- What are noroviruses?
- What are the symptoms of illness caused by noroviruses?
- How serious is norovirus disease?
- How do people become infected with noroviruses?
- How long are people contagious?
- What treatment is available for people with norovirus infection?
- Can a person get this illness more than once?
- Can norovirus infections be prevented?
Noroviruses are a group of viruses that cause the “stomach flu,” or gastroenteritis (GAS-tro-en-ter-I-tis), in people. The “stomach flu” is NOT related to the flu (or influenza), which is a respiratory illness caused by a different virus. The term norovirus was recently approved as the official name for this group of viruses; previously it had been referred to as “Norwalk virus” or “Norwalk-like virus.”
The symptoms of norovirus illness usually include nausea, vomiting, diarrhea, and some stomach cramping. Sometimes people additionally have a low-grade fever, chills, headache, muscle aches, and a general sense of tiredness. The illness often begins suddenly, and the infected person may feel very sick. Symptoms usually begin 24-48 hours after exposure to the virus, but can appear as early as 12 hours.
Norovirus disease is usually not serious, although people may feel very sick and vomit many times a day. Most people get better within one or two days, and they have no long-term health effects related to their illness. Sometimes people are unable to drink enough liquids to replace the liquids they lost because of vomiting and diarrhea. These persons can become dehydrated and may need special medical attention. There is no evidence to suggest that an infected person can become a long-term carrier of norovirus.
Noroviruses are found in the stool or vomit of infected people. People can become infected with the virus in several ways, including:
- Eating food or drinking liquids that are contaminated with norovirus.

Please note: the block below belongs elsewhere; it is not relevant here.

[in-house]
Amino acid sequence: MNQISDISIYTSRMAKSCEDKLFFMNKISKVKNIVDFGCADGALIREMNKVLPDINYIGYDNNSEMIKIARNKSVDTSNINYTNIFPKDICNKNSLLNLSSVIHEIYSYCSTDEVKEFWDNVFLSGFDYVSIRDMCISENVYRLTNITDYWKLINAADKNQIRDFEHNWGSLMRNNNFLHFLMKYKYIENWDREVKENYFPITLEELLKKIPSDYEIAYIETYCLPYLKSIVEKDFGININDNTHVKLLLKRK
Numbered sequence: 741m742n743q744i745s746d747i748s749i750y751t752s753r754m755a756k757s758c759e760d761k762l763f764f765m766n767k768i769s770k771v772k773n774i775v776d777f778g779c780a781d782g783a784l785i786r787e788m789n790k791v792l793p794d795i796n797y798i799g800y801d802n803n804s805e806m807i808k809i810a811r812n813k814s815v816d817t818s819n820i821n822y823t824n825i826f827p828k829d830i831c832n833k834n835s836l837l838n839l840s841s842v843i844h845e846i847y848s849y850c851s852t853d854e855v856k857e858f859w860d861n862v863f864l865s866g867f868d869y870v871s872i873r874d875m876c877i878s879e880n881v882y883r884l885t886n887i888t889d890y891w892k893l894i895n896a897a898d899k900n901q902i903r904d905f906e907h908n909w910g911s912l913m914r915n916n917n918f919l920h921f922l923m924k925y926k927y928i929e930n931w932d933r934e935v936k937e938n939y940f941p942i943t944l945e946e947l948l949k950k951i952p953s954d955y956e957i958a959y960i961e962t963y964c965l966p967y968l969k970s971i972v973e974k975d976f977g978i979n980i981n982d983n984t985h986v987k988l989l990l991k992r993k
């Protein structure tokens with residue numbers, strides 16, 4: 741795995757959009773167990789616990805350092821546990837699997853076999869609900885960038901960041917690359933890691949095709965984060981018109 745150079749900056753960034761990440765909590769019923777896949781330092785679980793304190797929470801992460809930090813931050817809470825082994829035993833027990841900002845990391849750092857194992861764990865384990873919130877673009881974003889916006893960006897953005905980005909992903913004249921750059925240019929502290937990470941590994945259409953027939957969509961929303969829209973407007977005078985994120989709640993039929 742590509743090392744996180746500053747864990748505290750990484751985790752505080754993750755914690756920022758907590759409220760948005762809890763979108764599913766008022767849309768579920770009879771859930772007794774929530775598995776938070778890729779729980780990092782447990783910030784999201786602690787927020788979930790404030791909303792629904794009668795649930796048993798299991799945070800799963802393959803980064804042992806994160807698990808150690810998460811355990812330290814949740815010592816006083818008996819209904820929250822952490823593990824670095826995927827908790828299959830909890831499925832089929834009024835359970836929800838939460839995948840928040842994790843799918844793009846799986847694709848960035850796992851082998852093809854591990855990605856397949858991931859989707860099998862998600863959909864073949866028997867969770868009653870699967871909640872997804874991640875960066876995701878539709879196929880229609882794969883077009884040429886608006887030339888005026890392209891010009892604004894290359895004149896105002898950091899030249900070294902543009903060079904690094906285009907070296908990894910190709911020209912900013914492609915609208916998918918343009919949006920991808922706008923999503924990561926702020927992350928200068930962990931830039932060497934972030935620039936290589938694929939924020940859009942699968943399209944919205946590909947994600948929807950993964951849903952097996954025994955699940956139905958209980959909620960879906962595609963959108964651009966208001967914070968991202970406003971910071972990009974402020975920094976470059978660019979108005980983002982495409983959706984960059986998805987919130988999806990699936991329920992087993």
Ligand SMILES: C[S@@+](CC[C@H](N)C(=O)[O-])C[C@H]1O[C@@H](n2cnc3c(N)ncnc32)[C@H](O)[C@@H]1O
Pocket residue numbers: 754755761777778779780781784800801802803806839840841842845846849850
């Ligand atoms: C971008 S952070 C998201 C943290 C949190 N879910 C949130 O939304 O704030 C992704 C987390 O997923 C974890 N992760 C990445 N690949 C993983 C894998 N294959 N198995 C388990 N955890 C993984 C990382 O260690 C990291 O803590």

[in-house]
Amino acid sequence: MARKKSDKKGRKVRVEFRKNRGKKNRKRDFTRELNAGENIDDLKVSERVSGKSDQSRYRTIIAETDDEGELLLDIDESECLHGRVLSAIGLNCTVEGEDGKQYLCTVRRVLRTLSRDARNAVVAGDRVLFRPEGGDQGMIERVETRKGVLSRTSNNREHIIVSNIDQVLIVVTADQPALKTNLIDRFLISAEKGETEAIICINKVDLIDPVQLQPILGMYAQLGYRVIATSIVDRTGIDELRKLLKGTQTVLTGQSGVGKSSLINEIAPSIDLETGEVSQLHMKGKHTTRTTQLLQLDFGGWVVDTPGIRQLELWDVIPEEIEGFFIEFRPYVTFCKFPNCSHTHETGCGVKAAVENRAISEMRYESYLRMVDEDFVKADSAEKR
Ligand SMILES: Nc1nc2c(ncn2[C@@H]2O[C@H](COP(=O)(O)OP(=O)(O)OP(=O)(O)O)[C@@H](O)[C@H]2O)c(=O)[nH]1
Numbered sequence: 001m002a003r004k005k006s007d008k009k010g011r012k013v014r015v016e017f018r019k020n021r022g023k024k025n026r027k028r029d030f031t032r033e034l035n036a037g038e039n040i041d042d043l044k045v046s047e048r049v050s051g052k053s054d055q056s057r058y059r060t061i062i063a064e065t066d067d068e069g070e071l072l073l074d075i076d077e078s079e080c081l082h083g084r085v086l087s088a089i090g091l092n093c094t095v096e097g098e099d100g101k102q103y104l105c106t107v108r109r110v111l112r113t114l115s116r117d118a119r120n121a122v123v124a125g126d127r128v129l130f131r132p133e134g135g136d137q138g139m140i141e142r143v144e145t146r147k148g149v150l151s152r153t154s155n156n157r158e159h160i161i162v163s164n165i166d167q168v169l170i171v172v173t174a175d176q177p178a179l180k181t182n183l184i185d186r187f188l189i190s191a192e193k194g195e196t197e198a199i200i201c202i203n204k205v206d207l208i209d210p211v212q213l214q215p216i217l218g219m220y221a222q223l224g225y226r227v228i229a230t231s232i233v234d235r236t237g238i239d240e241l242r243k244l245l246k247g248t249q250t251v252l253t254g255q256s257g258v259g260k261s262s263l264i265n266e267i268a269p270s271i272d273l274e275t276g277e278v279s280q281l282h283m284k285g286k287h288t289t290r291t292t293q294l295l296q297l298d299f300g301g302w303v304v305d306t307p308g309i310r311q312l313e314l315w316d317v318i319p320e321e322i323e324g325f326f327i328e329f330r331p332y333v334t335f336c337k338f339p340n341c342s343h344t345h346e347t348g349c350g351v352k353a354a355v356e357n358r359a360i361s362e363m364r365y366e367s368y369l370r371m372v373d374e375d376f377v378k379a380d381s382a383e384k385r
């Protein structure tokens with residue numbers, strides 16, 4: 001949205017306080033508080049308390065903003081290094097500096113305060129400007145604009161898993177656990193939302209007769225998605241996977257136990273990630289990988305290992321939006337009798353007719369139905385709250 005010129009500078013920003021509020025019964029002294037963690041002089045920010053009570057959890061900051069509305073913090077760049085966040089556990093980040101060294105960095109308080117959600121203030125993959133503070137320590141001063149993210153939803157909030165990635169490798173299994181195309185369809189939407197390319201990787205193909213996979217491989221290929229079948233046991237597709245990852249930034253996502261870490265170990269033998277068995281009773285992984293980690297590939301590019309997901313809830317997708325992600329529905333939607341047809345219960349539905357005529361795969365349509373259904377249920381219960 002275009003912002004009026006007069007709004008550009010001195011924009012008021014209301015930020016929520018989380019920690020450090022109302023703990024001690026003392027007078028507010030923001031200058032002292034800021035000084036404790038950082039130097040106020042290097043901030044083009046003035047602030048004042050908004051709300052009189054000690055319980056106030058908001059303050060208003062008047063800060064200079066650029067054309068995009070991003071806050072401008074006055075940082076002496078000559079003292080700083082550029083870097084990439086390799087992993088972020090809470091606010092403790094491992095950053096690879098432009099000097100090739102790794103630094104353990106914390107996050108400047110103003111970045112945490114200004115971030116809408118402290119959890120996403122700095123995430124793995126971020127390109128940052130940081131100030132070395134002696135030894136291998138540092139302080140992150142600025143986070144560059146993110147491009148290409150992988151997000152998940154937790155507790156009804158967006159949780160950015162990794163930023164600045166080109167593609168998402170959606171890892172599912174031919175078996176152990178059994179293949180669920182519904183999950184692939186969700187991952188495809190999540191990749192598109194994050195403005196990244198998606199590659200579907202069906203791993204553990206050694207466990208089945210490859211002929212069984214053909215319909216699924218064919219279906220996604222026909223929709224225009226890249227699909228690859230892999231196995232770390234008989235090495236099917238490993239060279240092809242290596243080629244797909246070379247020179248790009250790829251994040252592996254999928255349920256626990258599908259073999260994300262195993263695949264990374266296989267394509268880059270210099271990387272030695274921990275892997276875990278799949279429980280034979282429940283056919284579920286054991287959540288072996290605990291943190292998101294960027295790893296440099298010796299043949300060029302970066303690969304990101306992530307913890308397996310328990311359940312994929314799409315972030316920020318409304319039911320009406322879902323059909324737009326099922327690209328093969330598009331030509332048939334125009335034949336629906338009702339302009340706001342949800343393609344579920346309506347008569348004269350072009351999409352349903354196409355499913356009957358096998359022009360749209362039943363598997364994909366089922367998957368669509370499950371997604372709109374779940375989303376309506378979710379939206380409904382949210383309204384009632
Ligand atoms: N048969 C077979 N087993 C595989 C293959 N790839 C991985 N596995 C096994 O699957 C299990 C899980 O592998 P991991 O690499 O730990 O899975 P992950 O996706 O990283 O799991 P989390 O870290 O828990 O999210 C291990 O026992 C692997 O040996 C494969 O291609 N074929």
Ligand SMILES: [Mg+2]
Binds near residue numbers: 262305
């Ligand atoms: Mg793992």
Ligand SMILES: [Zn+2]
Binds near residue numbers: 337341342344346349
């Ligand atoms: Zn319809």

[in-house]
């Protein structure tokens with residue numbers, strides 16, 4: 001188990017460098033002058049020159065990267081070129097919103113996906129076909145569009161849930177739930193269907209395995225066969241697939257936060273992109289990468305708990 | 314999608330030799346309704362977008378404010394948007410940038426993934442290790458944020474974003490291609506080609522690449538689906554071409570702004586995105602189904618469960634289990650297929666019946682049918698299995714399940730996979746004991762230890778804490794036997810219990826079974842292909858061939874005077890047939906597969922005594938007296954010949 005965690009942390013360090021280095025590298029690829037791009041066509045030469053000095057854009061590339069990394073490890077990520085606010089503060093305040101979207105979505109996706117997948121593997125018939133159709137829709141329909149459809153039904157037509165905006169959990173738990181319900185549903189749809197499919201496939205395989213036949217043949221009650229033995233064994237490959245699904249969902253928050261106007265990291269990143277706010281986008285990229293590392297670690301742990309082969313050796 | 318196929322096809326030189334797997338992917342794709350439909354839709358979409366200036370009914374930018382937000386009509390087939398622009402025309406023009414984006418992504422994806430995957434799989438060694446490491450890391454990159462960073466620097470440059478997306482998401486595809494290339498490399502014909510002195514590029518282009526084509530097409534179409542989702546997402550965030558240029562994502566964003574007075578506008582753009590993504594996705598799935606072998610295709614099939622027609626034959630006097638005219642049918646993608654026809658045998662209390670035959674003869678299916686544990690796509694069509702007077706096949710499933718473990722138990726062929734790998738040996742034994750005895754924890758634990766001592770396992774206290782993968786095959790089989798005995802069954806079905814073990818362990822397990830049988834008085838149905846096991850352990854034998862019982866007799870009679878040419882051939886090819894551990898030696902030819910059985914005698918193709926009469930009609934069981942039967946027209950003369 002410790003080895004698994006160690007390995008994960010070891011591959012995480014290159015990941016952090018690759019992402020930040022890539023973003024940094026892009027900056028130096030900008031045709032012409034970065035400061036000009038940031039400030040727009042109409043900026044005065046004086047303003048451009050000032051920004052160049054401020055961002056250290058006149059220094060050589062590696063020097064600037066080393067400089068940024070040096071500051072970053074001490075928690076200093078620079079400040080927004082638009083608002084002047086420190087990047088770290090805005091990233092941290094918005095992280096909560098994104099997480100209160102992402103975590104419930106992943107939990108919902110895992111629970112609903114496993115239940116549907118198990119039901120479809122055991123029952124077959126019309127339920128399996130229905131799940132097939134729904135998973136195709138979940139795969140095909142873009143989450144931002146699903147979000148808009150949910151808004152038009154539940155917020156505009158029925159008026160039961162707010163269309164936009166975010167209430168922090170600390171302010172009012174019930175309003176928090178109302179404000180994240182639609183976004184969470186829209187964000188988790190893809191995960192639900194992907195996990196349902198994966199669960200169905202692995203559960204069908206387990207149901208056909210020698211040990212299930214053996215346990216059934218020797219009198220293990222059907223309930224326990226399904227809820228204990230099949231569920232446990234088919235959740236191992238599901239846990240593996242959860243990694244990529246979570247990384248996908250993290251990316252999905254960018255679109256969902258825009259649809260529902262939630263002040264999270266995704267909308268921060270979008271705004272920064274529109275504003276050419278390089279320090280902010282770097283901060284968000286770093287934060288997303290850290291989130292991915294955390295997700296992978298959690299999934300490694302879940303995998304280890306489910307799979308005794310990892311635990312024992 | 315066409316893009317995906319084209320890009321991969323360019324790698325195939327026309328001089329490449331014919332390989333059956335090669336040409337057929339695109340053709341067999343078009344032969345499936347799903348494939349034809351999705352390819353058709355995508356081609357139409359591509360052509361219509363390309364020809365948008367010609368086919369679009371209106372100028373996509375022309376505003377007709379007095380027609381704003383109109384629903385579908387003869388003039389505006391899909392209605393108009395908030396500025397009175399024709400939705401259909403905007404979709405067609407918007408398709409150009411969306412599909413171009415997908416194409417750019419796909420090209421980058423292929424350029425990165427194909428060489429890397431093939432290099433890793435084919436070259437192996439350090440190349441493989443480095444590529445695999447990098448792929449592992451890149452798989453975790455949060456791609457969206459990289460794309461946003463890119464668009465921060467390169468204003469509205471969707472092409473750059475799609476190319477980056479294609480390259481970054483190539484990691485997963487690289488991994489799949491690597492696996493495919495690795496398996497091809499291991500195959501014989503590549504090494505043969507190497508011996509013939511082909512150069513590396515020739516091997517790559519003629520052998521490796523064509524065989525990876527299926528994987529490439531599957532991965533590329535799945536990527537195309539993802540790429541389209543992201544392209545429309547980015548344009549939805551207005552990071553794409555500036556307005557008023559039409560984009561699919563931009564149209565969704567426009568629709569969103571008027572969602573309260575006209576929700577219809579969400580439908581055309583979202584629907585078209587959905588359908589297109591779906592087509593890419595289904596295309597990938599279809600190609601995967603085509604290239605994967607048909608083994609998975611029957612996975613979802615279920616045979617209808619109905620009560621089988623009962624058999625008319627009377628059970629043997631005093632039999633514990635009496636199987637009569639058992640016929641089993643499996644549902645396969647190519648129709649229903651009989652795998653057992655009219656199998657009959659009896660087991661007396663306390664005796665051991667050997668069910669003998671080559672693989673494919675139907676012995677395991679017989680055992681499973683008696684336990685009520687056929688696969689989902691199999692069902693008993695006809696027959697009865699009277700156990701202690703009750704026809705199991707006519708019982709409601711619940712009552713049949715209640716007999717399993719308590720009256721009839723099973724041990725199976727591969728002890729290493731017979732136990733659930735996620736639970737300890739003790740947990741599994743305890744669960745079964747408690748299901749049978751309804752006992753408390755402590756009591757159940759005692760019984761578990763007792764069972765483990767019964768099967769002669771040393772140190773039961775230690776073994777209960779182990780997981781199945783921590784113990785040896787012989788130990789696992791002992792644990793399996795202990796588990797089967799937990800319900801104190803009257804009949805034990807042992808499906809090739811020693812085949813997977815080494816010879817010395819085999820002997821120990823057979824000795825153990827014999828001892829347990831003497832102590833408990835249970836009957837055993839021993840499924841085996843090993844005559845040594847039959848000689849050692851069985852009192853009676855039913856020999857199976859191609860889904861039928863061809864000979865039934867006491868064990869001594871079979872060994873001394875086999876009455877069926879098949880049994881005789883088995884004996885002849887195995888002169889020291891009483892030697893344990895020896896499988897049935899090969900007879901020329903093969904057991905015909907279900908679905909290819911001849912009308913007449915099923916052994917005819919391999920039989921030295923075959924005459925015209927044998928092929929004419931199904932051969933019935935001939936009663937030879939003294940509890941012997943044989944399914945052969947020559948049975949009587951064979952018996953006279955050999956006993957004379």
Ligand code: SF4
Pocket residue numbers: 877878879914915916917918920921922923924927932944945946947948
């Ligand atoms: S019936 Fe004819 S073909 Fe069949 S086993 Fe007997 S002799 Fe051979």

- Touching surfaces or objects contaminated with norovirus, and then placing their hand in their mouth.
- Having direct contact with another person who is infected and showing symptoms (for example, caring for someone with the illness, sharing foods or eating utensils with someone who is ill).
Noroviruses are very contagious and can spread easily from person to person. Persons working in day-care centers or nursing homes should pay special attention to children (especially those in diapers) or residents who have diarrheal illness which may be caused by norovirus. This virus can spread rapidly throughout such environments.
People infected with norovirus are contagious from the moment they begin feeling ill to at least three days after recovery. Some people may be contagious for as long as two weeks after recovery. Therefore, it is particularly important for people to use good handwashing and other hygienic practices after they have recently recovered from norovirus illness.
Currently there is no antiviral medication that works against norovirus and there is no vaccine to prevent infection. Norovirus infection cannot be treated with antibiotics. This is because antibiotics work to fight bacteria and not viruses. When people are ill with vomiting and diarrhea, they should drink plenty of fluids (oral rehydration fluids, juice or water), to prevent dehydration. Sports drinks do not replace the nutrients and minerals lost during this illness.
Yes. There are many different kinds of noroviruses, and being infected with one does not prevent infection from another kind at a later time.
Yes. You can decrease your chance of coming in contact with noroviruses by following these preventative steps:
- Frequently wash your hands, especially after toilet visits, changing diapers and before eating or preparing food.
- Carefully wash fruit and vegetables, and steam oysters before eating them.
- Thoroughly clean and disinfect contaminated surfaces immediately after an episode of illness by using a bleach-based household cleaner.
- Immediately remove and wash clothing or linens that may be contaminated with virus after an episode of illness (use hot water and soap).
- Flush or discard any vomitus and/or stool in the toilet and make sure that the surrounding area is kept clean.
Persons who are infected with norovirus should not prepare food while they have symptoms, and for three days after they recover from their illness. Food that may have been contaminated by an ill person should be disposed of properly.
For more information
Call the Health Surveillance Division at 802-863-7240 or 1-800-640-4374 (toll free in Vermont)